news

In 2020, Veronica Nelson was found dead in her prison cell. She'd called out for help 9 times.

WARNING: Aboriginal and Torres Strait Islander readers are advised that the following article contains names and descriptions of people who have died.

In the early morning of January 2, 2020, prison staff found Veronica Nelson dead on the floor of her prison cell.

The 37-year-old proud Gunditjmara, Dja Dja Wurrung, Wiradjuri and Yorta Yorta woman had been arrested in Melbourne just three days earlier on suspicion of shoplifting, and denied bail.

Locked up in Victoria's Dame Phyllis Frost Centre, Veronica was suffering an undiagnosed medical condition and drug withdrawal. 

Hours before her death, she cried out for help a total of nine times. 

Watch: Footage from inside Veronica's cell. Post continues.


Video via 9News

Around 1am, Veronica reported experiencing leg cramps and was given Panadol and the anti-nausea drug Maxolon through a flap in the door.

In the hours following, she continued to call for help. 

As did other prisoners who heard her screams. 

But despite her pleas, prison and nursing staff did not check on Veronica physically, a 2020 hearing was told. 

Instead, they communicated with her through an intercom system and a door flap.

Veronica eventually declined an offer to be taken to the medical unit, saying she'd prefer to stay where she was.

Hours later, around 7:30am, she was found dead alone in her cell when she didn't respond to the morning head count. 

An autopsy later found Veronica was suffering from Wilkie’s syndrome, a rare medical condition that restricts the arteries. 

Now, over two years later, a coronial inquest into Veronica's death will begin this week. 

The inquest, which is expected to hear from more than 60 witnesses including Aboriginal elders and prison staff, will examine the cause and circumstances of Veronica’s death, including the medical treatment she was provided, the impact of her Aboriginality on her death and systemic issues in Victoria's remand system. 

ADVERTISEMENT

For her family, it will provide much-needed answers. 

"Veronica shouldn’t have been in prison. She shouldn’t have died. I want to know what happened," Veronica's partner, Percy Lovett, said in a statement provided by Victorian Aboriginal Legal Service. 

"Veronica was my other half, we did everything together. We had plans for the future... I loved her very much and I am missing her that much I don’t know what to do with myself."

Her mother, Aunty Donna Nelson, also wants to see 'those responsible held to account'. 

"The lessons learned from this inquest must stop my people from dying in custody. But let’s not lose focus. This inquest is first and foremost about Veronica, and how a broken criminal justice system locked my daughter up and let her die while she begged for help, over and over."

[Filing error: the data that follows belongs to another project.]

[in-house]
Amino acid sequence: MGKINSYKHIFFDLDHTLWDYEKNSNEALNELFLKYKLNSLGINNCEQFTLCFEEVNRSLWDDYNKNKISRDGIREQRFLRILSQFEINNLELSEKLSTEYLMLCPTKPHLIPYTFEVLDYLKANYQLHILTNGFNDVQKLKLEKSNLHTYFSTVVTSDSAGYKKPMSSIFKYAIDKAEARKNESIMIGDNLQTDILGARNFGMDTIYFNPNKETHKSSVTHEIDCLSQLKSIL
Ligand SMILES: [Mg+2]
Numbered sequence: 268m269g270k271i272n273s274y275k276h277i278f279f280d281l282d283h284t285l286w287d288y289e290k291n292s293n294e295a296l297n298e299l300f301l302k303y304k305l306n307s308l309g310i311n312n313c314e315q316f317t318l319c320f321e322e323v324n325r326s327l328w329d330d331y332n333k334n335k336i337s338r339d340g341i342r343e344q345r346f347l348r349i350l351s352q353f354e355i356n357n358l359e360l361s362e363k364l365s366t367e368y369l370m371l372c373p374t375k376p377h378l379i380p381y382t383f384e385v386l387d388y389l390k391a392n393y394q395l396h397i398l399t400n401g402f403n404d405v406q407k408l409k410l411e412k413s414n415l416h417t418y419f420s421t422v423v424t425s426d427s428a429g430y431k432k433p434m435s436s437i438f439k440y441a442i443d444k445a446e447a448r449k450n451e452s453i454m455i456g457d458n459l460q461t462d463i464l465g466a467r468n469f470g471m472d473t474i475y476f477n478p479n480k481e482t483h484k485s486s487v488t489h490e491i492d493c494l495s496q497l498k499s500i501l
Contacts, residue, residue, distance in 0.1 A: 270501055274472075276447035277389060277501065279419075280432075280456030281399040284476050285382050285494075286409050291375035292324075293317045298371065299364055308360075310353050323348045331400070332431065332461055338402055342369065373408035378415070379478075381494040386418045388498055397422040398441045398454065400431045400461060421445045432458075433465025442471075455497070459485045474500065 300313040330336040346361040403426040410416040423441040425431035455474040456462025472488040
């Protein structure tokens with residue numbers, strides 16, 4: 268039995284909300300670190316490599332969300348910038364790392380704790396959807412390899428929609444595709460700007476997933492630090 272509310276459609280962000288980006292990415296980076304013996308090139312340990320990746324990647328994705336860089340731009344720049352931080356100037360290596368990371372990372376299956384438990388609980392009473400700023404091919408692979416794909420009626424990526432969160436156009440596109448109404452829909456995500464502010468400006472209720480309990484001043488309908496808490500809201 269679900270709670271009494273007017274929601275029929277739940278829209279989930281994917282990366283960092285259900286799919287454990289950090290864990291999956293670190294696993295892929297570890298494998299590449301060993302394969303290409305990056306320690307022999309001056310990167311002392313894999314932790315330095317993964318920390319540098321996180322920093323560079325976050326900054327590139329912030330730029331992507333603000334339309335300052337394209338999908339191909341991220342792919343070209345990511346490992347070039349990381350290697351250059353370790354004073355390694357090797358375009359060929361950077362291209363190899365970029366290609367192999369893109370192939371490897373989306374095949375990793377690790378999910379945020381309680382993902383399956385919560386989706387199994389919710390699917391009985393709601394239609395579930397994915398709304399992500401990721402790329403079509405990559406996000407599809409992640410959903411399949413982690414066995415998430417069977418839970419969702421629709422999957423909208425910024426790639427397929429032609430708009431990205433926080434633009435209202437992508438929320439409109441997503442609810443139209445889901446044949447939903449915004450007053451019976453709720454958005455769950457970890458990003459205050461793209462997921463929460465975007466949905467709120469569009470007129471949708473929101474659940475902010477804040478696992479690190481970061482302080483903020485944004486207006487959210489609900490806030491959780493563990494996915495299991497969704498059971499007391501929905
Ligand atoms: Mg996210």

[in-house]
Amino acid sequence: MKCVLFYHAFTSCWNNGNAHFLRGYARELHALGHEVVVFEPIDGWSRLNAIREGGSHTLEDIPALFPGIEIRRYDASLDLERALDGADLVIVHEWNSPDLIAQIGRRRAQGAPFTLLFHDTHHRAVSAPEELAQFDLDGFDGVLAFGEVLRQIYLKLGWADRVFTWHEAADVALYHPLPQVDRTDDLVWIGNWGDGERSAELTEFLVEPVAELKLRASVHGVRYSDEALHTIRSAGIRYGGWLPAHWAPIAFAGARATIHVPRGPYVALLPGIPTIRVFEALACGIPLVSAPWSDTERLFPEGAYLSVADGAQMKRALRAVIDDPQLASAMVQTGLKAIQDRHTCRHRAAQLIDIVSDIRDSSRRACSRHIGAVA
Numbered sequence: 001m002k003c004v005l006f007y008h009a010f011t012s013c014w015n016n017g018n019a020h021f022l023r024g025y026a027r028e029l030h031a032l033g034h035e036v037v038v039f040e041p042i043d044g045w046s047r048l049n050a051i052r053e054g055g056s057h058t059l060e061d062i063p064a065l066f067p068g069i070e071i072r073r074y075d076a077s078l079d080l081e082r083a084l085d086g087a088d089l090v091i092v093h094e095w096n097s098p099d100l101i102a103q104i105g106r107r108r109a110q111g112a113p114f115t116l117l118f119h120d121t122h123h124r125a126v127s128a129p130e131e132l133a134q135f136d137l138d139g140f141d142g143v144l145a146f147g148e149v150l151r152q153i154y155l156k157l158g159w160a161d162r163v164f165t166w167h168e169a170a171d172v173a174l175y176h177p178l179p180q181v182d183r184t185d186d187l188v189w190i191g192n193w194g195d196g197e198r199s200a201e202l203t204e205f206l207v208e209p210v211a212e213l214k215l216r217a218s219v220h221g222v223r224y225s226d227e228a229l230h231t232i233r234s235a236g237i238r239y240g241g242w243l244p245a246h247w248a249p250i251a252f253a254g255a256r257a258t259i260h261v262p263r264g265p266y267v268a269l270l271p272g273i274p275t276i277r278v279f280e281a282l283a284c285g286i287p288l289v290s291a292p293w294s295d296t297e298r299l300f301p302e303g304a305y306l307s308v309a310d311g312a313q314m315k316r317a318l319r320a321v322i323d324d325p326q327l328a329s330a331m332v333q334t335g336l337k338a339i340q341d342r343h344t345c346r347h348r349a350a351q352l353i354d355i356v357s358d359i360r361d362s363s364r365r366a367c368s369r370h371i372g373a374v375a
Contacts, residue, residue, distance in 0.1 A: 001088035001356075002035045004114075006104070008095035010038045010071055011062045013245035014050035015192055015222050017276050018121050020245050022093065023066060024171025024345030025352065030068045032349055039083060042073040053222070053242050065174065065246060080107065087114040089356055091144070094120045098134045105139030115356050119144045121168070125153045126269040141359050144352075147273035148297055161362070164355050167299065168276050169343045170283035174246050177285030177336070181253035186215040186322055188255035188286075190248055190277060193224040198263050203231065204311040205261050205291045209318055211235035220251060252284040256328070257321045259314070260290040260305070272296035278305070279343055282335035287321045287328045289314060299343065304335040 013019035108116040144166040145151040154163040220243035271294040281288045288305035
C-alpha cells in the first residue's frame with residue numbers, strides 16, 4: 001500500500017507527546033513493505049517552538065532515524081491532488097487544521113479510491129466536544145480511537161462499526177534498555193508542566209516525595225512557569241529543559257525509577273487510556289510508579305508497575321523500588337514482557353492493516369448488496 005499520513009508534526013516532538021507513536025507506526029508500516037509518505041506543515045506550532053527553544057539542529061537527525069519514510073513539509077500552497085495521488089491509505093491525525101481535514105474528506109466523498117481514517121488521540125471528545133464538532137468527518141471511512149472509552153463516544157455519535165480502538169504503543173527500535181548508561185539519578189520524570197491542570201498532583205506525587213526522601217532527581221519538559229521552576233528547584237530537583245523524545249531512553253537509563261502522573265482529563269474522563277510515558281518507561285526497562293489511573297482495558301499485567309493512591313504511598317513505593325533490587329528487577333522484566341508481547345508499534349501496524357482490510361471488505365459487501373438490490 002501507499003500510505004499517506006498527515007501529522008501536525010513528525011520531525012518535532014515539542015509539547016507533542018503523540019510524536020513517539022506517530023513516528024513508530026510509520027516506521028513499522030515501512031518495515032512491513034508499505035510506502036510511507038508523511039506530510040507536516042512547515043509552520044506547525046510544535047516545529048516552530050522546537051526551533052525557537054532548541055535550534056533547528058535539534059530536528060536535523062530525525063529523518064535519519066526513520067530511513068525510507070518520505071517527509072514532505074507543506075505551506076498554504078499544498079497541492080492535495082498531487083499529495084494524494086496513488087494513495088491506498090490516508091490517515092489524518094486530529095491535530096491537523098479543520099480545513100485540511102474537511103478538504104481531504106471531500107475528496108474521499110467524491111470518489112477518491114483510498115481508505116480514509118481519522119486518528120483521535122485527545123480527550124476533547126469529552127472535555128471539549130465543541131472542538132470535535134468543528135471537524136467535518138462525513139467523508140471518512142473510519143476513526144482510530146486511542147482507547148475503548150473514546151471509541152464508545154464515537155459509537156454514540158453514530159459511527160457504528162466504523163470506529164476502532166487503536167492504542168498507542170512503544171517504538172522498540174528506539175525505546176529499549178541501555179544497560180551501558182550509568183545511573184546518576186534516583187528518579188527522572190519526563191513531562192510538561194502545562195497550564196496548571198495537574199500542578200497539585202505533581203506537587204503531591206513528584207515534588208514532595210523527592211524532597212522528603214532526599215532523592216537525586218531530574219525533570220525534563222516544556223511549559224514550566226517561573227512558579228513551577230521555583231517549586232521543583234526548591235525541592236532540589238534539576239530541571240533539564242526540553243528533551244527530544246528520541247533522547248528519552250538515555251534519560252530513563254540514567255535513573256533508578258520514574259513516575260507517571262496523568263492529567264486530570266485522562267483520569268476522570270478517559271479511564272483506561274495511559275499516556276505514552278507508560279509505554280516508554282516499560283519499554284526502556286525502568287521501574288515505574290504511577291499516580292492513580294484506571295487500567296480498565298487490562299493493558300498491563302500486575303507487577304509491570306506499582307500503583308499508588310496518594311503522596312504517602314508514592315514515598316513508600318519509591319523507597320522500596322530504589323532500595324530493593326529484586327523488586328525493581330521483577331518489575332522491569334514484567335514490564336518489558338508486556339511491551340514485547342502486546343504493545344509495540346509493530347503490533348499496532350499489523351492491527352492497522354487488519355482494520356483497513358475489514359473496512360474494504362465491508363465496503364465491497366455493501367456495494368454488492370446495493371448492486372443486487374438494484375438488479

"We are still connected spiritually and her spirit won’t rest until those who are responsible for Veronica’s death are exposed and held to account. Only then will my Poccum be free."

As the five-week probe gets underway, her family wants Veronica to be remembered for who she was; a deeply spiritual woman and well-known helper who was loved by a large family of six siblings and 10 children.

"Veronica was always helping people. She would help people if she saw them in the street. She always made sure you were well off, that you had everything you needed. If you didn’t have it, she would go out and get it. She never knocked anybody if they needed help," said Lovett. 

Image: Supplied.

ADVERTISEMENT

Larger issues at play. 

Veronica story is sadly isn't an isolated one.  

Over 500 Aboriginal and Torres Strait Islander people have died in custody since the 31 years since the Royal Commission into Aboriginal Deaths in Custody.

It's a concerning statistic, since we know Aboriginal and Torres Strait Islander prisoners have increased by eight percent between 30 June 2020 to 30 June 202. 

As of June last year, Aboriginal and Torres Strait Islander prisoners made up more than a quarter - 30 percent - of all prisoners, according to the ABS. 

Victoria's bail laws. 

Ahead of the inquest, a parliamentary inquiry into Victoria’s criminal justice system recommended the state government review its bail laws last month, after recent changes led to an increase in the number of people on remand. 

The Legal and Social Issues Committee found the current bail laws are impacting "women, particularly Aboriginal women and women experiencing poverty, the most".

In fact, according to the Victorian Aboriginal Legal Service, 57 percent of women in Victorian prisons were unsentenced in February this year. 

The legal service has launched a petition calling on the state government to change their bail laws.

The inquest into Veronica's death is expected to continue until May 27.

Feature Image: Supplied.